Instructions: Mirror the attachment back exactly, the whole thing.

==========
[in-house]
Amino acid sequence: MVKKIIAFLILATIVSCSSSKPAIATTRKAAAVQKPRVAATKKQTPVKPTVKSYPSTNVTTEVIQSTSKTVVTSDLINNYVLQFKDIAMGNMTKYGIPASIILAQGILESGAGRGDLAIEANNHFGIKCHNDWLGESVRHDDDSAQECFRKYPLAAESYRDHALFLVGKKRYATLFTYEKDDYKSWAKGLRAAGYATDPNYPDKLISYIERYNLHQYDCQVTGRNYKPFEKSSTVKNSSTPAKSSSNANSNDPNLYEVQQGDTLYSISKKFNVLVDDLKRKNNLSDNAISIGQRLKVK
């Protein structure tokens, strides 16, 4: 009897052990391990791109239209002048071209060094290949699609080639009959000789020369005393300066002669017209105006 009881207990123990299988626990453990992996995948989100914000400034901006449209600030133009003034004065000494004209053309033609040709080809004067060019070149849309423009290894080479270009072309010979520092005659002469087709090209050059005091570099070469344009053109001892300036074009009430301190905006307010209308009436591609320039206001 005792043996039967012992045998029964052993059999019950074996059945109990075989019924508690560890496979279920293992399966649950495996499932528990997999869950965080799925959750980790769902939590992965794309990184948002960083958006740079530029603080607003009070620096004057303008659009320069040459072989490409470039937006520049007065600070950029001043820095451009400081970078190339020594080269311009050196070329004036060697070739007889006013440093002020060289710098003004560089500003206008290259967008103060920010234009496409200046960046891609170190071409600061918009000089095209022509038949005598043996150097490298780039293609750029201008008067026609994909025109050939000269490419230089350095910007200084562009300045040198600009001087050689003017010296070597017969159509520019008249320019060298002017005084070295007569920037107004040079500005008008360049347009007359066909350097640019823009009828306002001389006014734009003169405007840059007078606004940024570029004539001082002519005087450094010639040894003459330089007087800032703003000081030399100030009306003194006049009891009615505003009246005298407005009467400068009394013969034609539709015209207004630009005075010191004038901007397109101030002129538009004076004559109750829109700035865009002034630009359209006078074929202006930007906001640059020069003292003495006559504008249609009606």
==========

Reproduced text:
[in-house]
Amino acid sequence: MVKKIIAFLILATIVSCSSSKPAIATTRKAAAVQKPRVAATKKQTPVKPTVKSYPSTNVTTEVIQSTSKTVVTSDLINNYVLQFKDIAMGNMTKYGIPASIILAQGILESGAGRGDLAIEANNHFGIKCHNDWLGESVRHDDDSAQECFRKYPLAAESYRDHALFLVGKKRYATLFTYEKDDYKSWAKGLRAAGYATDPNYPDKLISYIERYNLHQYDCQVTGRNYKPFEKSSTVKNSSTPAKSSSNANSNDPNLYEVQQGDTLYSISKKFNVLVDDLKRKNNLSDNAISIGQRLKVK
């Protein structure tokens, strides 16, 4: 009897052990391990791109239209002048071209060094290949699609080639009959000789020369005393300066002669017209105006 009881207990123990299988626990453990992996995948989100914000400034901006449209600030133009003034004065000494004209053309033609040709080809004067060019070149849309423009290894080479270009072309010979520092005659002469087709090209050059005091570099070469344009053109001892300036074009009430301190905006307010209308009436591609320039206001 005792043996039967012992045998029964052993059999019950074996059945109990075989019924508690560890496979279920293992399966649950495996499932528990997999869950965080799925959750980790769902939590992965794309990184948002960083958006740079530029603080607003009070620096004057303008659009320069040459072989490409470039937006520049007065600070950029001043820095451009400081970078190339020594080269311009050196070329004036060697070739007889006013440093002020060289710098003004560089500003206008290259967008103060920010234009496409200046960046891609170190071409600061918009000089095209022509038949005598043996150097490298780039293609750029201008008067026609994909025109050939000269490419230089350095910007200084562009300045040198600009001087050689003017010296070597017969159509520019008249320019060298002017005084070295007569920037107004040079500005008008360049347009007359066909350097640019823009009828306002001389006014734009003169405007840059007078606004940024570029004539001082002519005087450094010639040894003459330089007087800032703003000081030399100030009306003194006049009891009615505003009246005298407005009467400068009394013969034609539709015209207004630009005075010191004038901007397109101030002129538009004076004559109750829109700035865009002034630009359209006078074929202006930007906001640059020069003292003495006559504008249609009606």